Sound advice - blog

Tales from the homeworld

My current feeds

Sun, 2007-Mar-04

You are already doing REST

REST is often strongly correlated with HTTP and its verbs. It is often contrasted with a SOAP or WS-* services as two opposing technologies or approaches. I take more of a middle ground. I think that you are already doing REST. The fundamental questions in the development of your network architecture are not necessarily whether or not you should be doing REST, but specifically what benefits do you intend to extract from the development. Let me run you through how I see this thing playing out.

Your messages are already uniform

Working from first principles with the constraints, REST says that you should exchange a constrained set of message types using standard methods and content types. So you have your IDL file or your WSDL, and you have a number of methods listed in that file. If you are using the document-oriented style of SOA your WSDL will no doubt include or refer to the definition of a set of documents. In other words, your WSDL defines the scope of your web. Everything in that web... everything that implements the WSDL either as a client or as a server... can meaningfully exchange messages. These components of your architecture can be configured together. They don't need to be coded. A human can decide to plug one to the other arbitrarily without the technology getting in the way.

But the technology is getting in the way.

Your uniform methods aren't achieving network effects

You have defined this web, this WSDL, this architecture... but it is too specific. You can only connect the two components together that you designed the interface for, or you can only connect the client apps to the server that you designed the interface for. It isn't a general mechanism for letting a client and server talk to each other, because the problems of that particular interaction are built into your web in a fundamental way that makes solving other problems difficult.

That's ok, isn't it? If I want to solve other problems I can create another WSDL. I can create another web. Right?

You can, and sometimes that is the right approach. However you impose a cost whenever you do that. You can only plug components together if they are on the same web. You can only plug them together if they share a WSDL. Otherwise you have to code them together. Most of us have been writing code whenever we want two network components to talk to each other for so long that we assume there is no alternative. However, I come from the SCADA world and an increasing number of competent people come from the Web world. Experience in both of these worlds suggests we can do better. But how much better, exactly?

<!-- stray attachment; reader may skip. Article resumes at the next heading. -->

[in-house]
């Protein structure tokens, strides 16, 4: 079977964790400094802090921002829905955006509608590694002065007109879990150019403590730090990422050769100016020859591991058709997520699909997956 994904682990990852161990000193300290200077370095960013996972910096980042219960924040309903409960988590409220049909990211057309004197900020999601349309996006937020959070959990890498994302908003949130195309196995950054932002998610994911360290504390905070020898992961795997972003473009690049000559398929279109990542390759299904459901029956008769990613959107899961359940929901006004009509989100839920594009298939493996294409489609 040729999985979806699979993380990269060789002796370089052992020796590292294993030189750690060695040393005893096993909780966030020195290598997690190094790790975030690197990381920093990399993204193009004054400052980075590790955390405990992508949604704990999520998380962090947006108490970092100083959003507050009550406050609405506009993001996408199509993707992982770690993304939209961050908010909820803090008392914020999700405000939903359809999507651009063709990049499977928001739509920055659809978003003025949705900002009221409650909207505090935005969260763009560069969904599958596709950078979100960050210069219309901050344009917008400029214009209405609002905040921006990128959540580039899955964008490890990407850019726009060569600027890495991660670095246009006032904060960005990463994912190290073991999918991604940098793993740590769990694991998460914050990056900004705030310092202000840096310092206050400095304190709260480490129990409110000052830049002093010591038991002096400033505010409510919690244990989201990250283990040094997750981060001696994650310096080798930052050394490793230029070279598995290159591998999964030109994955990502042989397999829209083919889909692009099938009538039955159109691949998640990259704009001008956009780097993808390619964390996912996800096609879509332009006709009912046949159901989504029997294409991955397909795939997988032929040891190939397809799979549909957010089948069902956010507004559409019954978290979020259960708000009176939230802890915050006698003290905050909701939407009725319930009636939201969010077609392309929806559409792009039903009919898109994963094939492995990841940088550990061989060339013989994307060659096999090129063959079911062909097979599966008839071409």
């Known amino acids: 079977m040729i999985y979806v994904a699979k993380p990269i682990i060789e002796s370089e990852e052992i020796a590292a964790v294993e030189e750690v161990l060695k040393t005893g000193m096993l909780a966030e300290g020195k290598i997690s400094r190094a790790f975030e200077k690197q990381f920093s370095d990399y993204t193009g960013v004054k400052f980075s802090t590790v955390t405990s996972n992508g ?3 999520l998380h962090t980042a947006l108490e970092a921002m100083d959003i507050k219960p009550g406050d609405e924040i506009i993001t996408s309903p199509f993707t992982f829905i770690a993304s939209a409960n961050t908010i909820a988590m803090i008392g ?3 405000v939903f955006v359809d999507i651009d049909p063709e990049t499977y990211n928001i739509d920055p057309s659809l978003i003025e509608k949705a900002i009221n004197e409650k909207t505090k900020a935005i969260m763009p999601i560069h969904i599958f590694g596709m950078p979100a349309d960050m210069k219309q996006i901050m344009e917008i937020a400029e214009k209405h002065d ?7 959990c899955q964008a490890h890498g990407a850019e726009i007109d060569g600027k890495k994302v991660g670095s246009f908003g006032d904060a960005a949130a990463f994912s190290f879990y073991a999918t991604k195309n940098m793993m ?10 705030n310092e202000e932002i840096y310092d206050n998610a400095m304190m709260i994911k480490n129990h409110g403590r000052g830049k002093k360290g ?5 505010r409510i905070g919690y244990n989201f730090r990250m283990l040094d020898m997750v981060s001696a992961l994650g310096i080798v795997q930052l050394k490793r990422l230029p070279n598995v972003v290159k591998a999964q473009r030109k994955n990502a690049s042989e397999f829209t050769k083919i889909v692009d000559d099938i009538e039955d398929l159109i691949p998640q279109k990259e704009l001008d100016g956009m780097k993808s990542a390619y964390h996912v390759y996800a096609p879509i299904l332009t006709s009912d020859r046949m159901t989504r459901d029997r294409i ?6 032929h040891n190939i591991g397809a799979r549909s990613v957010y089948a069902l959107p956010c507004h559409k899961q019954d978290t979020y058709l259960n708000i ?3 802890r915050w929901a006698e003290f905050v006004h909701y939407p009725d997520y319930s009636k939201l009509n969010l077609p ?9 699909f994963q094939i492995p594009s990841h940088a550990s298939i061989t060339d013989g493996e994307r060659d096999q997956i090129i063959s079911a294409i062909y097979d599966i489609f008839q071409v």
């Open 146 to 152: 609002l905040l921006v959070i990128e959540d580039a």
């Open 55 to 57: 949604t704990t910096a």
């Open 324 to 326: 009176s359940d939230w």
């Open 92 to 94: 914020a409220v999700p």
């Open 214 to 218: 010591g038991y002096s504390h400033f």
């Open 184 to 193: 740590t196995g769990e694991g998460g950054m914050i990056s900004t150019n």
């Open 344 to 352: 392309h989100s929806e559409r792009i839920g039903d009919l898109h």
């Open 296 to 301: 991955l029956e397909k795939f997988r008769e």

In an ideal world...

The ultimate ideal would be that so long as two machines have the same basic data schema and any particular interaction makes sense, that they can be configured to engage in that interaction rather that requiring us to write special code to make that interaction happen. However, is this practical? What is achievable in practice?

The Web sets the benchmark by defining separately the set of interactions machines participate in and the et of document types they can exchange. The three components of what make up our messaging change and evolve at different rates, so separating them is an important part of solving each of these important problems.

  1. How we identify participants in an interaction, especially
    • request and response targets
  2. What interactions are required, including
    • Request Methods
    • Response Codes
    • Headers
    • Transport Protocol
    • TCP/IP Connection direction
  3. How information is represented in these interactions, including
    • Semantics
    • Vocabulary
    • Document structure
    • Encoding (eg XML), or Serialisation (eg RDF/XML)

Whether or not you can actually achieve consensus on all of these points is a difficult question, and usually limited by non-technical issues. You really need to hit an economic sweet spot to achieve wide-scale consensus on any part of the trio. Luckily, consensus on identification and interactions is widely achieved for general-purpose problem sets. Special uses may need special technology, but URLs and HTTP go a very long way to closing out this triangle of message definition. The remaining facet is perhaps the hardest because it requires that we enumerate all of the different kinds of information that machines might need to send to each other and have everyone in the world agree to that enumeration.

So this is the limiting factor of the development of the Semantic Web, a web in which rich semantics are conveyed in messages that are understood by arbitrary components without having to write special code. The limiting factor is the number of kinds of information you can achieve global consensus on. However, we don't really need to have global consensus for our special problems. We only need consensus within our little web. We just need to understand the messages being exchanged in a particular enterprise, or a particular department, or a particular piece of IT infrastructure. We just need the components of our web to understand.

Closing the triangle: Content Types